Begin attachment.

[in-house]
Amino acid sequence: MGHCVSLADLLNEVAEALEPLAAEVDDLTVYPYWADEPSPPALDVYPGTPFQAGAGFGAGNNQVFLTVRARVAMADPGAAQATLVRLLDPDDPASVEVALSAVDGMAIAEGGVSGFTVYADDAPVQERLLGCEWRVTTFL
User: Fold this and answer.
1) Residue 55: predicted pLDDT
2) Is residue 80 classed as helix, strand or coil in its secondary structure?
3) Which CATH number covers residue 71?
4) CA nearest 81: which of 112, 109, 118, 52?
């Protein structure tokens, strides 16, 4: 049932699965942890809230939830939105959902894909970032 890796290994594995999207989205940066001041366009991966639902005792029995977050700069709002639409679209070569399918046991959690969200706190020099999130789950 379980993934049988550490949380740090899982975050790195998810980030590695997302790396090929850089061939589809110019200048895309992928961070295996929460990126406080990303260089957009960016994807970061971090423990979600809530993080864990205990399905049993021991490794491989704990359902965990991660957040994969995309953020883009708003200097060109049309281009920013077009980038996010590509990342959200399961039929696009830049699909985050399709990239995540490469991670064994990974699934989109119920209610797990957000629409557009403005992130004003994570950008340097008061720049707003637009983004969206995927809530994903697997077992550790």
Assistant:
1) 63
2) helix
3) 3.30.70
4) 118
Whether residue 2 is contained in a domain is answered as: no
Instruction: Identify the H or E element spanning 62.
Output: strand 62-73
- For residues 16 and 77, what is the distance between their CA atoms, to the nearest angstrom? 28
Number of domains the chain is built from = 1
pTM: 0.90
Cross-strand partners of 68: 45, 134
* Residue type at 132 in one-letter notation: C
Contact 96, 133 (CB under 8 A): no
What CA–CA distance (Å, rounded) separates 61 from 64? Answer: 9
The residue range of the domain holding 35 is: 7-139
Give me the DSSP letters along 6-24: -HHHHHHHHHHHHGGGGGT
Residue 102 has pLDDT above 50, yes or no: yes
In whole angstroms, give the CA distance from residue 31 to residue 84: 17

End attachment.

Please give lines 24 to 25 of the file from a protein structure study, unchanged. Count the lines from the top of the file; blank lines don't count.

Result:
The residue range of the domain holding 35 is: 7-139
Give me the DSSP letters along 6-24: -HHHHHHHHHHHHGGGGGT